Alpha interferons, including PEGASYS(R) (Peginterferon alfa-2a), may cause or aggravate fatal or life-threatening neuropsychiatric, autoimmune, ischemic, and infectious disorders. Patients should be monitored closely with periodic clinical and laboratory evaluations. Therapy should be withdrawn in patients with persistently severe or worsening signs or symptoms of these conditions. In many, but not all cases, these disorders resolve after stopping PEGASYS therapy (see CONTRAINDICATIONS, WARNINGS, PRECAUTIONS and ADVERSE REACTIONS in complete product information). Use with Ribavirin. Ribavirin, including COPEGUSR, may cause birth defects and/or death of the fetus. Extreme care must be taken to avoid pregnancy in female patients and in female partners of male patients. Ribavirin causes hemolytic anemia. The anemia associated with ribavirin therapy may result in a worsening of cardiac disease. Ribavirin is genotoxic and mutagenic and should be considered a potential carcinogen (see CONTRAINDICATIONS, WARNINGS, PRECAUTIONS and ADVERSE REACTIONS in complete product information).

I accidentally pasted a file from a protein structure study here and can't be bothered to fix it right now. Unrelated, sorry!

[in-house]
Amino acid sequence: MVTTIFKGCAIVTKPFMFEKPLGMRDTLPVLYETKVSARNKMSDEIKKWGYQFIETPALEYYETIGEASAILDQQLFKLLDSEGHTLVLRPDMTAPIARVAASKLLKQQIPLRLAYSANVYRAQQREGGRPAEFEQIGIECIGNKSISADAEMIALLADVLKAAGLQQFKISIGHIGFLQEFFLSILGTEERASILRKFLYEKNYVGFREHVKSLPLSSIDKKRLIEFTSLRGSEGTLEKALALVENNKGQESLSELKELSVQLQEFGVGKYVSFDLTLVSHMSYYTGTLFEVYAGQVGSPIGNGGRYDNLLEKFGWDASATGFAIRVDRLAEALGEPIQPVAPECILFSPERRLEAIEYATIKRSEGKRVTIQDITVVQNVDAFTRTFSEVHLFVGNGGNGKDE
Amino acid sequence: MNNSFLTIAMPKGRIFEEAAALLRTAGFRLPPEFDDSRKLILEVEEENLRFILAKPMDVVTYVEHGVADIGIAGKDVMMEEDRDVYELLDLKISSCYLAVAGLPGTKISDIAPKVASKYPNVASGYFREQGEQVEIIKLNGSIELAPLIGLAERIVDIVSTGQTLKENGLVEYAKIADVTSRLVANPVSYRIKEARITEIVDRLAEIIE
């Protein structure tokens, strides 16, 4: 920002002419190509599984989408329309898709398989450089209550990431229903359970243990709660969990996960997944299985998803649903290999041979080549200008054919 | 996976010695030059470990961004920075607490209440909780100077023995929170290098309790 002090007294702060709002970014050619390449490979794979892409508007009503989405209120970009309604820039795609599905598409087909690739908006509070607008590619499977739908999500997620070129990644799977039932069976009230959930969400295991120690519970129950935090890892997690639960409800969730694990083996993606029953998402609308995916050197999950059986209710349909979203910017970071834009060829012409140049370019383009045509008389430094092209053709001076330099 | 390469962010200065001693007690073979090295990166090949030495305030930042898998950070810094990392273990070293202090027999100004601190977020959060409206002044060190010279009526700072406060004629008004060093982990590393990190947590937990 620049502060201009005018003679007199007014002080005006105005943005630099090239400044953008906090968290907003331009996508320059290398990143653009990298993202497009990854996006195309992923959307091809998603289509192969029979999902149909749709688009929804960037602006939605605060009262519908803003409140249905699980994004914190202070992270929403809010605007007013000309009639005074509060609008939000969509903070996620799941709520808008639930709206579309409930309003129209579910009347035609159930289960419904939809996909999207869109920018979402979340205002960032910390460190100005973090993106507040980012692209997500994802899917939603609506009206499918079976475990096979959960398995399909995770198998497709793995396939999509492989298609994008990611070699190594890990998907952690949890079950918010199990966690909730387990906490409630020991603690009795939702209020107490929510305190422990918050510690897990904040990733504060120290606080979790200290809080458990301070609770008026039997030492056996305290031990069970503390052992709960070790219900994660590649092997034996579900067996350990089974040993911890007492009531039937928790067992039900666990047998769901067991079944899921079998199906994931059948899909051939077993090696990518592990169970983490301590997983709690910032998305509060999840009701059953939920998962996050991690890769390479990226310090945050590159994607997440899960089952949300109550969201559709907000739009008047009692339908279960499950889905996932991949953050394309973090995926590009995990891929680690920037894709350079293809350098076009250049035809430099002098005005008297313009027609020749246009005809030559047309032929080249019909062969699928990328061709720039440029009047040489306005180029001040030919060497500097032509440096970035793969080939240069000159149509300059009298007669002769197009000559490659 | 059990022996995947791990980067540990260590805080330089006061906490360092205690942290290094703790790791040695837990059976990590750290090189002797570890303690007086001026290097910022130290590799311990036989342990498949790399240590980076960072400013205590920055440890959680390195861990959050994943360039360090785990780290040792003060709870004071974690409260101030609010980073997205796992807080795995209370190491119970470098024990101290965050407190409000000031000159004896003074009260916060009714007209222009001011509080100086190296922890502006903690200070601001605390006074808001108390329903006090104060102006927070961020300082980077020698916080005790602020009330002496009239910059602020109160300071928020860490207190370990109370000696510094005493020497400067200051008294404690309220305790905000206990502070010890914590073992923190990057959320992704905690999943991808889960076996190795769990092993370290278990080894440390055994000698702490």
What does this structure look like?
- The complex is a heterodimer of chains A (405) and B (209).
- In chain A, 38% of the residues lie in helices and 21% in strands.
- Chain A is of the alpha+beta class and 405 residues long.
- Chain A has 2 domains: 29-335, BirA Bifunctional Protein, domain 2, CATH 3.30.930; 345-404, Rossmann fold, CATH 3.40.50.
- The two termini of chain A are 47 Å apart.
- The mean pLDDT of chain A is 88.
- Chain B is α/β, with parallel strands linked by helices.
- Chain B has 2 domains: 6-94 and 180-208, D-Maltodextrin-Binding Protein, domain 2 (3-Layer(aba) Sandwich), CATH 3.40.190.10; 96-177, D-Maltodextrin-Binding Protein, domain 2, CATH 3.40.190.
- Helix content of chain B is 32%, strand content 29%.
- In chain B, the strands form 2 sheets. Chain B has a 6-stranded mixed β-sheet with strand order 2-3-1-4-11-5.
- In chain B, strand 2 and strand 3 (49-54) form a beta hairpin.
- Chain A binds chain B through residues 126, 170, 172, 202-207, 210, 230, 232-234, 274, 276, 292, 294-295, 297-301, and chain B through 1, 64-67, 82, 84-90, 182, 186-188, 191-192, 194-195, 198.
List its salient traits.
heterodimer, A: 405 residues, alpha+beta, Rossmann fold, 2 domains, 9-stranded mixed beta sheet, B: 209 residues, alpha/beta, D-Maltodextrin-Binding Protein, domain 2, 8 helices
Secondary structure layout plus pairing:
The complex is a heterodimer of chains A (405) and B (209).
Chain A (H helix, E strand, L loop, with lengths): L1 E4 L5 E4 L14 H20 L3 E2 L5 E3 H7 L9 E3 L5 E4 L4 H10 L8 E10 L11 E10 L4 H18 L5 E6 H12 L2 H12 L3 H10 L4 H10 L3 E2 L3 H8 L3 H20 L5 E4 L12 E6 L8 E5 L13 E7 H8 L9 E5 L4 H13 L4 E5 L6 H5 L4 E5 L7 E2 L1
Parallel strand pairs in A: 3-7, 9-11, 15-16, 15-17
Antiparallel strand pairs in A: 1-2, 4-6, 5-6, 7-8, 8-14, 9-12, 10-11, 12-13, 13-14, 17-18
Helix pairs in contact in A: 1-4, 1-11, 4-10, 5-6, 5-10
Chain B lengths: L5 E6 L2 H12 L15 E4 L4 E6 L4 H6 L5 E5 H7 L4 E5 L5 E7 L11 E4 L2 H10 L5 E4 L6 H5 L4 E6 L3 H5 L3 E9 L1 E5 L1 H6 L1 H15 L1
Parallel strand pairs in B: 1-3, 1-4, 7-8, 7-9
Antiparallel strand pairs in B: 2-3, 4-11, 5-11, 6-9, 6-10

PEGASYS is contraindicated in patients with hypersensitivity to PEGASYS or any of its components, autoimmune hepatitis, and hepatic decompensation (Child-Pugh score greater than 6; class B and C) in cirrhotic CHC monoinfected patients before or during treatment. Pegasys is also contraindicated in hepatic decompensation with Child-Pugh score greater than or equal to 6 in cirrhotic CHC patients coinfected with HIV before or during treatment. PEGASYS is also contraindicated in neonates and infants because it contains benzyl alcohol. Benzyl alcohol is associated with an increased incidence of neurological and other complications in neonates and infants, which are sometimes fatal. PEGASYS and COPEGUS therapy is additionally contraindicated in patients with a hypersensitivity to COPEGUS or any of its components, in women who are pregnant, men whose female partners are pregnant, and patients with hemoglobinopathies (eg, thalassemia major, sickle-cell anemia).